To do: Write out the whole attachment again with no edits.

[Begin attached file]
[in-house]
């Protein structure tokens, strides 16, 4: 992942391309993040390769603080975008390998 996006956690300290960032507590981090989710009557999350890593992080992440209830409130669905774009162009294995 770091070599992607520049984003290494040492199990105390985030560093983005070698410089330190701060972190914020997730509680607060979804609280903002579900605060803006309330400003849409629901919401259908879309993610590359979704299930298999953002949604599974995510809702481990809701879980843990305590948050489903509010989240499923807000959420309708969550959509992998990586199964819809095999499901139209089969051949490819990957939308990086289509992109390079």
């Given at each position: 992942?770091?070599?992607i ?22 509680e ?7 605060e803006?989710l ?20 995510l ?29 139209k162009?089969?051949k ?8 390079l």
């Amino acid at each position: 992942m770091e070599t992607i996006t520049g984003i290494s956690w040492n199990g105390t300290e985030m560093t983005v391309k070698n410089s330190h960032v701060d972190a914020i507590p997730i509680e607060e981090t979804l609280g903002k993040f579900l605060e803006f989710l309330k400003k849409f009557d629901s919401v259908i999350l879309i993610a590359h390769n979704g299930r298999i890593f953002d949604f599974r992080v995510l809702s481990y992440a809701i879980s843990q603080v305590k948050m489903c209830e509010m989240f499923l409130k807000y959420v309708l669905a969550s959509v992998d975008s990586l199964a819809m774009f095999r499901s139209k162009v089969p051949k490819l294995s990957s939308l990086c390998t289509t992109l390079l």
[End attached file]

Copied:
[in-house]
């Protein structure tokens, strides 16, 4: 992942391309993040390769603080975008390998 996006956690300290960032507590981090989710009557999350890593992080992440209830409130669905774009162009294995 770091070599992607520049984003290494040492199990105390985030560093983005070698410089330190701060972190914020997730509680607060979804609280903002579900605060803006309330400003849409629901919401259908879309993610590359979704299930298999953002949604599974995510809702481990809701879980843990305590948050489903509010989240499923807000959420309708969550959509992998990586199964819809095999499901139209089969051949490819990957939308990086289509992109390079």
């Given at each position: 992942?770091?070599?992607i ?22 509680e ?7 605060e803006?989710l ?20 995510l ?29 139209k162009?089969?051949k ?8 390079l």
């Amino acid at each position: 992942m770091e070599t992607i996006t520049g984003i290494s956690w040492n199990g105390t300290e985030m560093t983005v391309k070698n410089s330190h960032v701060d972190a914020i507590p997730i509680e607060e981090t979804l609280g903002k993040f579900l605060e803006f989710l309330k400003k849409f009557d629901s919401v259908i999350l879309i993610a590359h390769n979704g299930r298999i890593f953002d949604f599974r992080v995510l809702s481990y992440a809701i879980s843990q603080v305590k948050m489903c209830e509010m989240f499923l409130k807000y959420v309708l669905a969550s959509v992998d975008s990586l199964a819809m774009f095999r499901s139209k162009v089969p051949k490819l294995s990957s939308l990086c390998t289509t992109l390079l």